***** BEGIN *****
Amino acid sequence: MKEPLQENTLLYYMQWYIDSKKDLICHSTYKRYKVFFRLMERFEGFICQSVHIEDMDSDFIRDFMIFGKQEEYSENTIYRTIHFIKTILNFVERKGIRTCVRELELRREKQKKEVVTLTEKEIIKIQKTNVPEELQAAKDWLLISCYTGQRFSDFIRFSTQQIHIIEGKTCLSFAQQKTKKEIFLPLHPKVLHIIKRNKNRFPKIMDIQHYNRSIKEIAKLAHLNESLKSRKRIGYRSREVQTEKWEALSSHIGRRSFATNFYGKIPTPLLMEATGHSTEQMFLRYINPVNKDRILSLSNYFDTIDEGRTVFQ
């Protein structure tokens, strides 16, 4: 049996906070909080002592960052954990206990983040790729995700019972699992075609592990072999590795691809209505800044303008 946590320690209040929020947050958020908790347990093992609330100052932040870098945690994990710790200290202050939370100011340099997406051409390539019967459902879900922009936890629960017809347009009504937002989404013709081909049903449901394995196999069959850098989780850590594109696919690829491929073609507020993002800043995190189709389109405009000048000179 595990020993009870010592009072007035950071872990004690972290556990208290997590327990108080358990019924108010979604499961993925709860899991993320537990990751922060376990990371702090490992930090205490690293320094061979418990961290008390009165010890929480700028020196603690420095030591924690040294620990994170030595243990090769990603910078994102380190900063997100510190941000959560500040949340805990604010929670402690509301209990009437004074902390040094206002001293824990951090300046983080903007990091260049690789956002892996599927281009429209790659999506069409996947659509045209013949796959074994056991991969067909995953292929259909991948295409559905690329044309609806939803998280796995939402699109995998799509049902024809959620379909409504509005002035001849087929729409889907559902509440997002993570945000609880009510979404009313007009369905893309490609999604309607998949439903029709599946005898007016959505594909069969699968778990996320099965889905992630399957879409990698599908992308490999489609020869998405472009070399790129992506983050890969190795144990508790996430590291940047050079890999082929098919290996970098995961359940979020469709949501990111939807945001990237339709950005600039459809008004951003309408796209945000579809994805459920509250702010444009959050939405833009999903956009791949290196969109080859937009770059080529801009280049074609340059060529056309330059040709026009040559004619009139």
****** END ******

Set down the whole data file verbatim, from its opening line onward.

Amino acid sequence: MKEPLQENTLLYYMQWYIDSKKDLICHSTYKRYKVFFRLMERFEGFICQSVHIEDMDSDFIRDFMIFGKQEEYSENTIYRTIHFIKTILNFVERKGIRTCVRELELRREKQKKEVVTLTEKEIIKIQKTNVPEELQAAKDWLLISCYTGQRFSDFIRFSTQQIHIIEGKTCLSFAQQKTKKEIFLPLHPKVLHIIKRNKNRFPKIMDIQHYNRSIKEIAKLAHLNESLKSRKRIGYRSREVQTEKWEALSSHIGRRSFATNFYGKIPTPLLMEATGHSTEQMFLRYINPVNKDRILSLSNYFDTIDEGRTVFQ
């Protein structure tokens, strides 16, 4: 049996906070909080002592960052954990206990983040790729995700019972699992075609592990072999590795691809209505800044303008 946590320690209040929020947050958020908790347990093992609330100052932040870098945690994990710790200290202050939370100011340099997406051409390539019967459902879900922009936890629960017809347009009504937002989404013709081909049903449901394995196999069959850098989780850590594109696919690829491929073609507020993002800043995190189709389109405009000048000179 595990020993009870010592009072007035950071872990004690972290556990208290997590327990108080358990019924108010979604499961993925709860899991993320537990990751922060376990990371702090490992930090205490690293320094061979418990961290008390009165010890929480700028020196603690420095030591924690040294620990994170030595243990090769990603910078994102380190900063997100510190941000959560500040949340805990604010929670402690509301209990009437004074902390040094206002001293824990951090300046983080903007990091260049690789956002892996599927281009429209790659999506069409996947659509045209013949796959074994056991991969067909995953292929259909991948295409559905690329044309609806939803998280796995939402699109995998799509049902024809959620379909409504509005002035001849087929729409889907559902509440997002993570945000609880009510979404009313007009369905893309490609999604309607998949439903029709599946005898007016959505594909069969699968778990996320099965889905992630399957879409990698599908992308490999489609020869998405472009070399790129992506983050890969190795144990508790996430590291940047050079890999082929098919290996970098995961359940979020469709949501990111939807945001990237339709950005600039459809008004951003309408796209945000579809994805459920509250702010444009959050939405833009999903956009791949290196969109080859937009770059080529801009280049074609340059060529056309330059040709026009040559004619009139």